Many parents wonder if their preschoolers can handle music lessons. The answer is yes, with a little bit of parental guidance.
It happens all the time. Parents hear their four-year-old carefully picking out songs on a toy (or real!) piano, or see him making new rhythms with the help of a spatula and some pots and pans. The question arises: is it too early to enroll a child this young in music lessons?
The benefit of Early Music Lessons
If the child can concentrate for a half-hour period, it is never too young to start music lessons. Preschool-age children are soaking in everything from the world around them. This is the best time to introduce new sounds, rhythms, and musical sensitivity. Being a part of the essay writing service, I can state that music stimulates areas of a child’s brain that other mental and physical activity will not, and it will make a lasting impression.
Parents must keep in mind though that they are a necessity in their child’s development process! A four-year-old is only going to remember the music lesson for maybe five minutes after it’s over. It’s the parents’ job to get lesson notes from the teacher, and then follow through with them during the period before the next lesson, making sure the young child practices what the teacher said correctly.
Why Parental Involvement is Essential
Young children need their parents to help. Just because they show a proclivity for music does not mean they can remember exactly what to practice and how. Because of children’s limited experience in life, and music, it is harder for them to remember exactly what the teacher says to practice unless they have someone refresh their memory every day. Since they are most likely unable to read, if the teacher writes lesson notes, it is a must for the parents to read these for their child each day before practice.
Lesson memory and notes aside, it would be a very dedicated preschooler that knowingly goes over to his instrument to practice each day. Sure, playing around on the piano is fun, hitting pots and pans is fun, but the structured practice is something else entirely. “I think I’ll go and practice that tough measure in my Minuet five times in a row” is not something that crosses a young child’s mind. The parent must listen to make sure the child actually practices and doesn’t just play random notes and songs.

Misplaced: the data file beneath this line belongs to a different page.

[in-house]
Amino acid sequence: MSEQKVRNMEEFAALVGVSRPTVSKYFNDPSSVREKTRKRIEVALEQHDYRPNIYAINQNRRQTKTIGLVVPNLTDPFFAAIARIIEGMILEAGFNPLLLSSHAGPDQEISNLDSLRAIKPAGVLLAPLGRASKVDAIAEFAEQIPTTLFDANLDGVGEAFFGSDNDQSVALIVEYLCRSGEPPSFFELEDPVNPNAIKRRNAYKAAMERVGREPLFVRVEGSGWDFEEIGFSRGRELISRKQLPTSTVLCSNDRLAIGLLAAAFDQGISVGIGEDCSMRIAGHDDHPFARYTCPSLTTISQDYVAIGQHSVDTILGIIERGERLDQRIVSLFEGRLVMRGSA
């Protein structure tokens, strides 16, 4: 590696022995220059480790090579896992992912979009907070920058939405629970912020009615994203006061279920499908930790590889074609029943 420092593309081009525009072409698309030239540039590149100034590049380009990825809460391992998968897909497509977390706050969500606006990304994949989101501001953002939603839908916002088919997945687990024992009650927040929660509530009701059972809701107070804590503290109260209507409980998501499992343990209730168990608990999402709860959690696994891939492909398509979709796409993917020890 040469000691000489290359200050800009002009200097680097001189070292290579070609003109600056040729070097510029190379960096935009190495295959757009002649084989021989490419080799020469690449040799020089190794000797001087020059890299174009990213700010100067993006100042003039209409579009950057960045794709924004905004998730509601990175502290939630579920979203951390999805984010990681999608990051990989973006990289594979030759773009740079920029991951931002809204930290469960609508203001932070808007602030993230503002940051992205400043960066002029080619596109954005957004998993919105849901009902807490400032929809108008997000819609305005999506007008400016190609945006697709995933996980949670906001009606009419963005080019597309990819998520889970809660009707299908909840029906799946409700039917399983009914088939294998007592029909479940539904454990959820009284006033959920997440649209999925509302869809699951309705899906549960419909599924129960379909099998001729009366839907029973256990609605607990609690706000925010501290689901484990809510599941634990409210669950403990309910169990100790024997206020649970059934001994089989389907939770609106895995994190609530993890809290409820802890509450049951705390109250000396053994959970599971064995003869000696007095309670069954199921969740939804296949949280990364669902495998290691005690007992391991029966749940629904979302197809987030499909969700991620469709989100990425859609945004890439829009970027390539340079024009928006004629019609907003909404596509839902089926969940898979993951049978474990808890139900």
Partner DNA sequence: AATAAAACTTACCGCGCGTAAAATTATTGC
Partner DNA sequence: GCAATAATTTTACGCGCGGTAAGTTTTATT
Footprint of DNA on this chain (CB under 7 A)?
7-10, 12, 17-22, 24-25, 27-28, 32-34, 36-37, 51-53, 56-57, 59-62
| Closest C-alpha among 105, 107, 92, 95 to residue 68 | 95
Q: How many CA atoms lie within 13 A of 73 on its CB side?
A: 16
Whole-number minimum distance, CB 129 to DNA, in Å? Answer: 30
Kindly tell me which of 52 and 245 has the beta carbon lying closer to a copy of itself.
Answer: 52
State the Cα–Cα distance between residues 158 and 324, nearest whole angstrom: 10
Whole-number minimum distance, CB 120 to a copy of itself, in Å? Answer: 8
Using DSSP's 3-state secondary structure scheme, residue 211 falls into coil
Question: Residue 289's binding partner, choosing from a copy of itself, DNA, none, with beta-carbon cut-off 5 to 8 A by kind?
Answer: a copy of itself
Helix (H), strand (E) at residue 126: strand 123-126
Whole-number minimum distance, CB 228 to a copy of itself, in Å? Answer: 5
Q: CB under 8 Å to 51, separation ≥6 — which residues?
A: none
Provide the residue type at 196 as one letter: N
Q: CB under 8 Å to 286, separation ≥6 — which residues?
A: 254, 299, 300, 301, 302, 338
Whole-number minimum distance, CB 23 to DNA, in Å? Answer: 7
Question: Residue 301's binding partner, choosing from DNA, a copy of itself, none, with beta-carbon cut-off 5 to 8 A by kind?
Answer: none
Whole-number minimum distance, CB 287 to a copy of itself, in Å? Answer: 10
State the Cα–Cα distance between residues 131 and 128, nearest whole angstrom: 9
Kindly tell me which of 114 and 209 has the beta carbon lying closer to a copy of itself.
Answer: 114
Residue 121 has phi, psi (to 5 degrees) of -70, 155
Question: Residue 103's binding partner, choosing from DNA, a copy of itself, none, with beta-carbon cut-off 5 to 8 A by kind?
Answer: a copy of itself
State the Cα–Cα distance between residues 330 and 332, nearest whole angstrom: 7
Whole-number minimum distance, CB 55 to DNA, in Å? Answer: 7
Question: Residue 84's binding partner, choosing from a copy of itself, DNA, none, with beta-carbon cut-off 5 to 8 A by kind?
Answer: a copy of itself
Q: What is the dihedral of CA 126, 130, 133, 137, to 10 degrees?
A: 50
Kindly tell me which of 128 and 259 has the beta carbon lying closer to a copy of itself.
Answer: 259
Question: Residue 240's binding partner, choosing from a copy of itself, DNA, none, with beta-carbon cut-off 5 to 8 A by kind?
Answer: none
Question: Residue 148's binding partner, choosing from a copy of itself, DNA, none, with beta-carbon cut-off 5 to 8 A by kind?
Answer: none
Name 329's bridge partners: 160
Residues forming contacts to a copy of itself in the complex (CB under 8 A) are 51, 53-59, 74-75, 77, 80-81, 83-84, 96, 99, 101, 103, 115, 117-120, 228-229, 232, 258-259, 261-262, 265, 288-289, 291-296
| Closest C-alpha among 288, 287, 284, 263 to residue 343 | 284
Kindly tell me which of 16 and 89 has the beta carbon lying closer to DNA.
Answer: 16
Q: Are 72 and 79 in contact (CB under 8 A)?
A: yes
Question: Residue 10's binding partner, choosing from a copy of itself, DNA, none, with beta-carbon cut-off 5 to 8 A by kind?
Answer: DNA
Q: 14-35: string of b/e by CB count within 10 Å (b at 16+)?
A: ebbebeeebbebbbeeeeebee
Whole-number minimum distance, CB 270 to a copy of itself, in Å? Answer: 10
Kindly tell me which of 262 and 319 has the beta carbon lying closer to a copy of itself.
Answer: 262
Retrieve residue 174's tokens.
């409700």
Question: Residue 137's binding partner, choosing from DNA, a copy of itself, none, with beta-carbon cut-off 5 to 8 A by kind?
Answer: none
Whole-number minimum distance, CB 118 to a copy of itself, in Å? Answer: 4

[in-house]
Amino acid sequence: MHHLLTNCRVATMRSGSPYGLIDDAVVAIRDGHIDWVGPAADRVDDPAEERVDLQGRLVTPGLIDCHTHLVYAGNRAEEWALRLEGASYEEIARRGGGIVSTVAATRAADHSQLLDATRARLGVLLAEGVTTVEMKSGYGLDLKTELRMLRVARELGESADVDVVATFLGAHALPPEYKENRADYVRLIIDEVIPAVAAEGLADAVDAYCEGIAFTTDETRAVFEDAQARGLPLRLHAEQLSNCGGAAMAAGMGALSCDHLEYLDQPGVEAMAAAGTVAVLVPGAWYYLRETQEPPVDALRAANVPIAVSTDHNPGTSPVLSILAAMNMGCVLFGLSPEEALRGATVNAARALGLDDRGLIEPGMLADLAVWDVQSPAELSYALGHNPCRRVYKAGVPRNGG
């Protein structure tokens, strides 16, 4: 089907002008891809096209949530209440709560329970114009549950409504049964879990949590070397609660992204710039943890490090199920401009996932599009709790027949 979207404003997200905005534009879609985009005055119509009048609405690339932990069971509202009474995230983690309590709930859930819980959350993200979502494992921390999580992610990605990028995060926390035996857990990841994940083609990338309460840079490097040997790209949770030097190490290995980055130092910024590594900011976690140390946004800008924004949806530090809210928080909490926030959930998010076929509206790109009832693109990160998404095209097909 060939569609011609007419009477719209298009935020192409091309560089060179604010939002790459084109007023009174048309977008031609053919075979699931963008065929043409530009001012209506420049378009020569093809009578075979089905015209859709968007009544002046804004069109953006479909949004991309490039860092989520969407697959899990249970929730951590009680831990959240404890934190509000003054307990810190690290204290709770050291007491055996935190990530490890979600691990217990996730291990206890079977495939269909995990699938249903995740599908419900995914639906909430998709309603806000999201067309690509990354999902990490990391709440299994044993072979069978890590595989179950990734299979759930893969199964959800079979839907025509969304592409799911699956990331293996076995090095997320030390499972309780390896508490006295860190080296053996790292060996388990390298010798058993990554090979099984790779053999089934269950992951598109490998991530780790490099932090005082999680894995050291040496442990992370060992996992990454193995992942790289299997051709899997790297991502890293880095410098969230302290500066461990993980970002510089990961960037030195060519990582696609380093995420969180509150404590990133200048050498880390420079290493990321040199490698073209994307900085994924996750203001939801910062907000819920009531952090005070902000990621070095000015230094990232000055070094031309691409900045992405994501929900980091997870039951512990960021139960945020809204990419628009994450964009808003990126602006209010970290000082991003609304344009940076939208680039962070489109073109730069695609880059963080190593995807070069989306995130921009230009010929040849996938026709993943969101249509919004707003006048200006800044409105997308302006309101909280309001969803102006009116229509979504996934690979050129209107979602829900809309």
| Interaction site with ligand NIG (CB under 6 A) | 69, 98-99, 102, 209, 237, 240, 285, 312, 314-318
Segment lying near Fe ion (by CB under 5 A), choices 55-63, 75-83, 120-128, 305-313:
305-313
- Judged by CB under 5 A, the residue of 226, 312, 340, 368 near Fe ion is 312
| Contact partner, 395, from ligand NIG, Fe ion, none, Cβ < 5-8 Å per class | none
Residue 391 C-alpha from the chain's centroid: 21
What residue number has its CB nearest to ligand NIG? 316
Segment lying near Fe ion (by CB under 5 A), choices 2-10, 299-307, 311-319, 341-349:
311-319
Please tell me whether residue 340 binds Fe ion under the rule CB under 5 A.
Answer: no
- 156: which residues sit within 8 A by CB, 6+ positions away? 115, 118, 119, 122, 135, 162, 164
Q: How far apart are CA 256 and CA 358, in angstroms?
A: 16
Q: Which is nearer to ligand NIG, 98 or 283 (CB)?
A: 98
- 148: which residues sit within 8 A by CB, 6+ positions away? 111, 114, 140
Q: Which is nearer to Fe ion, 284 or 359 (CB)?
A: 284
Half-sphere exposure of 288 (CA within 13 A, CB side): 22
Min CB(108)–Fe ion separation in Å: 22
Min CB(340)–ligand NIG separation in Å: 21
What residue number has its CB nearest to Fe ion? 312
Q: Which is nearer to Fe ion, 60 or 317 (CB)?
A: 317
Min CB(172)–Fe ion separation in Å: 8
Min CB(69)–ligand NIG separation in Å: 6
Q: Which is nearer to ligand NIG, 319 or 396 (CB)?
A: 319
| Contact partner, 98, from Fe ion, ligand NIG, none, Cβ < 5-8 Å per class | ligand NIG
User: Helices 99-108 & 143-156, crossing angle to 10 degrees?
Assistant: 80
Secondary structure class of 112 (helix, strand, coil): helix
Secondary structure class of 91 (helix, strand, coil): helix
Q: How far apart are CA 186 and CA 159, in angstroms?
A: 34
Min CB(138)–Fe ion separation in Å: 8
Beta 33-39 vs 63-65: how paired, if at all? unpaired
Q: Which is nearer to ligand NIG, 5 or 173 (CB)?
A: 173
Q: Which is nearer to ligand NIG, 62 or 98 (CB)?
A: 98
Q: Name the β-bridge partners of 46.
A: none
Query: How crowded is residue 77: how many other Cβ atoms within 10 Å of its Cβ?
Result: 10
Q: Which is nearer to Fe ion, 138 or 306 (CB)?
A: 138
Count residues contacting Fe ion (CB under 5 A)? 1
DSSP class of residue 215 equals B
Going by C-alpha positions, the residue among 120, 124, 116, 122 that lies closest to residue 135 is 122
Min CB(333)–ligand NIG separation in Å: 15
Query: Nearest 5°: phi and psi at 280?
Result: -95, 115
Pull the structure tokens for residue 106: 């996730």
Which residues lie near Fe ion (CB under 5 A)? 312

Benefits of Parental Involvement:
● Shows parental interest in the child
● Lets the teacher know she is supported by the child’s parents and that lesson instruction will be reinforced at home
● Benefits the parents as they learn the basics of whatever their child is playing
Even if children aren’t destined to be the next Mozart or Beethoven, they are sure to have more fun in their lessons when they are aided at home. Concepts introduced by essaywritercheap.org in lessons will cement themselves faster and last longer in a child’s brain when a parent ensures that the child is practicing, and practicing correctly.
What if Parents Don’t Understand Music?
But what about parents who know nothing about music, and don’t know what their child is supposed to practice or how? Don’t be afraid to ask questions! Any teacher worth her mettle will be happy to spend a little extra time with parents so that children get the most out of music lessons. And the benefits are shared by all three parties: parent, teacher, and child.
With a little help from parents and supervised work from a preschool-age student, by the time Kindergarten comes around, that child will not only be able to play the instrument at a beginner level, he will also have learned 2 important things:
● Parents will help and support them in their endeavors.
● They will experience success at learning.
Aren’t these the kind of experiences everyone wants his or her child to have?
Learn how music lessons benefit young children’s memories or discover how the Suzuki method is a great start for young beginners.